My intention is to seek a recommendation from her to another hairstylist within the salon who can manage my hair. It’s unruly and thick and wavy and grows funny in the back and I have a blonde patch that she has trimmed so perfectly over the years that is now shading itself a dirty grey. All of this, I love, but who else will?

I trusted her with my hair. Who can I trust to do what she has had the full capability of doing for six years?

But without saying it, she has broken up with many of us and for those of us who will not be able to consistently keep up with her new schedule, this means I would have to find another hairstylist.

Finding a hairstylist who proves him or herself worthy of taking your time and money is a hard task. It can also be a stress-filled one and I want to avoid any new stress factors at this time or in the near future. A recommendation from my current stylist is what I feel deep down, will suit me best.

I feel like I’m being asked to sign divorce papers and I didn’t even agree to a divorce. It feels like another act of abandonment. It reminds me of the pain that comes with leaving bits of yourself with someone you have come to love, respect, and look forward to seeing but now . . . now you have to act as though none of that exists. You are beckoned to put on a happy face, suck it up, and allow these new changes to comfort you.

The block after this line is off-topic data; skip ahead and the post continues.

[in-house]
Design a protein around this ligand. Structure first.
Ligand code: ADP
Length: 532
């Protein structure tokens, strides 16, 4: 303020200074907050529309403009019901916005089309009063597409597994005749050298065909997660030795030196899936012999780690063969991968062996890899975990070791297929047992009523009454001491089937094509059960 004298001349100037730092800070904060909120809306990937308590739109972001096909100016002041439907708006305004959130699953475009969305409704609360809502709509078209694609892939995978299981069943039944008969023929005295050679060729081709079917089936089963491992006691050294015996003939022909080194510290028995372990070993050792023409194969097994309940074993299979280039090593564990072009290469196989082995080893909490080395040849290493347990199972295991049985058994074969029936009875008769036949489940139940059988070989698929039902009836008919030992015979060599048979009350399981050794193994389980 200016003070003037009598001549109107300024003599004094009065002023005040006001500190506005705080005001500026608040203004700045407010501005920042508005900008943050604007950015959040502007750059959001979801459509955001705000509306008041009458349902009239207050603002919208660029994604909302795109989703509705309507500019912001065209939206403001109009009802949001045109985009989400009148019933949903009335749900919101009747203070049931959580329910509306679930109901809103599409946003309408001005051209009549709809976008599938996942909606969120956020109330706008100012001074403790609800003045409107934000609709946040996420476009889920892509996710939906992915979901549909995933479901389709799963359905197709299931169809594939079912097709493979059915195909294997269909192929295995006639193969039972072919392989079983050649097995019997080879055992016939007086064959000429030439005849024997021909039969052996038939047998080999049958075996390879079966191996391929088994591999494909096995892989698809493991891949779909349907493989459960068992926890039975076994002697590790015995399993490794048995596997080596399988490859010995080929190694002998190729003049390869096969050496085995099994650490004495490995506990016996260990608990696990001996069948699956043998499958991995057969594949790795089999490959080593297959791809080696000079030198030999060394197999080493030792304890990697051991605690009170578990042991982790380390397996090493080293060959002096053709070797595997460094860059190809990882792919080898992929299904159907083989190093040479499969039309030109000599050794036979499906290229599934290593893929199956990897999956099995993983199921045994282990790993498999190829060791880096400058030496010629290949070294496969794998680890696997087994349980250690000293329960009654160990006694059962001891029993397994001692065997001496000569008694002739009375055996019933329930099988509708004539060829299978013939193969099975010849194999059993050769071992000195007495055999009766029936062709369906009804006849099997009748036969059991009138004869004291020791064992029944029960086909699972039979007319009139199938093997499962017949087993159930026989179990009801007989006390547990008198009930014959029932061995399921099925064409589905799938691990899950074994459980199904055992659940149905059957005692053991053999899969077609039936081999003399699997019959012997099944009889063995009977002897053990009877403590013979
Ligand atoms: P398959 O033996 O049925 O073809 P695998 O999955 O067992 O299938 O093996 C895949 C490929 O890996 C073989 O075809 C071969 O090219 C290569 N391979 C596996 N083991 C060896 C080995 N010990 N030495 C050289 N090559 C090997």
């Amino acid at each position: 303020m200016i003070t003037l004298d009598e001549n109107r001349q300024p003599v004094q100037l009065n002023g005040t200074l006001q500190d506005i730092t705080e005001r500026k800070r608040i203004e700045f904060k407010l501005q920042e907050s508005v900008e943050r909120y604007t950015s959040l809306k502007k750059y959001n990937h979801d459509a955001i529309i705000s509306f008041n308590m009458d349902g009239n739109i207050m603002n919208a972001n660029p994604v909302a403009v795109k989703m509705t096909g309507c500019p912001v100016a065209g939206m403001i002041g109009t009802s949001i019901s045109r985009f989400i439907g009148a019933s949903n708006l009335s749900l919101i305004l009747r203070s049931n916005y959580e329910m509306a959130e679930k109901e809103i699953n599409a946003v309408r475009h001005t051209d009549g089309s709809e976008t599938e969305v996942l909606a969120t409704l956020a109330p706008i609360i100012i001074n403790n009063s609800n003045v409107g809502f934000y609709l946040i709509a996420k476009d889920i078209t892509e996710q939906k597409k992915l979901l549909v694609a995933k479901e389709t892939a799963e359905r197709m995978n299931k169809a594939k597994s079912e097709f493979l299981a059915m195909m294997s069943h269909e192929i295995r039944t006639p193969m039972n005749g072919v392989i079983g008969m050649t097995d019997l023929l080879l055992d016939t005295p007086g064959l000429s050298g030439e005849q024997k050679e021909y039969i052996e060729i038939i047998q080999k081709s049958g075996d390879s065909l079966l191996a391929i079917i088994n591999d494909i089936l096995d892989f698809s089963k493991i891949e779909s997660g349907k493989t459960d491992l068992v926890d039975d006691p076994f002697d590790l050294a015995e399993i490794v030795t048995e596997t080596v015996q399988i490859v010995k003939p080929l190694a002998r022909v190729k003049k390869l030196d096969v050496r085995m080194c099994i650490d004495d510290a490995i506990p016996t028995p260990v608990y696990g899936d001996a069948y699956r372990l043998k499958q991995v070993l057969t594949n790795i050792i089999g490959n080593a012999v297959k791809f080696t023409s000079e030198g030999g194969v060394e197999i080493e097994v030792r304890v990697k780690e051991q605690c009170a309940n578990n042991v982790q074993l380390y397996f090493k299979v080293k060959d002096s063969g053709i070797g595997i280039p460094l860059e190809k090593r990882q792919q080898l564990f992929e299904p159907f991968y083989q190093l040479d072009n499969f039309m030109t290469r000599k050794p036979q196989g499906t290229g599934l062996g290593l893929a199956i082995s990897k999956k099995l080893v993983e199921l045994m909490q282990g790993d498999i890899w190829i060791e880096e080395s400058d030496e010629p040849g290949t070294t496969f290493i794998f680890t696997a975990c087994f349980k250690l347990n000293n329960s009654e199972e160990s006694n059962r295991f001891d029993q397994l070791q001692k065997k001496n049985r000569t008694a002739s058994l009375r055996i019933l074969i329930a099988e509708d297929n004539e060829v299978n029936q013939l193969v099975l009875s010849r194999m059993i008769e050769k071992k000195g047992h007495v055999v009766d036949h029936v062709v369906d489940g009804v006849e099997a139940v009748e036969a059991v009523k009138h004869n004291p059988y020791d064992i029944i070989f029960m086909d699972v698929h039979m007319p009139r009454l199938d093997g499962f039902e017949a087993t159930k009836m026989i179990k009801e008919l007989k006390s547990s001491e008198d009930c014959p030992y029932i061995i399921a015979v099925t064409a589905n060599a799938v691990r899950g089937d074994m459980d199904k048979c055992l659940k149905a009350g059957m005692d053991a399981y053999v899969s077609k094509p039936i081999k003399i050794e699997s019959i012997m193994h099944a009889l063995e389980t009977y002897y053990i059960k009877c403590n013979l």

Eff these new changes.

This is what I want to say but the adult in me knows acting like a three-year-old will get me nowhere. I implore myself to make note of the positives:

1. I’ll get to meet new people.

2. I can work on enhancing my trust meter.

3. I could get new hairstyles.

4. I would still be able to see my old hairstylist and chitchat with her from time to time if I agree to stick with the current hair salon.

5. I can take back my Saturdays as my regular hair appointment days.


As I call these positives within earshot, I feel better. I am not a fan of change especially when my comfort level is secure and I feel safe in the bubble designed for me. The moment that bubble is deflated is the very moment I have trouble seeing what could be beneficial for me behind my cloudy vision. I have to be reminded of previous positive changes. I have to remember how much their influence and impact had on my life and how I have grown for making those changes.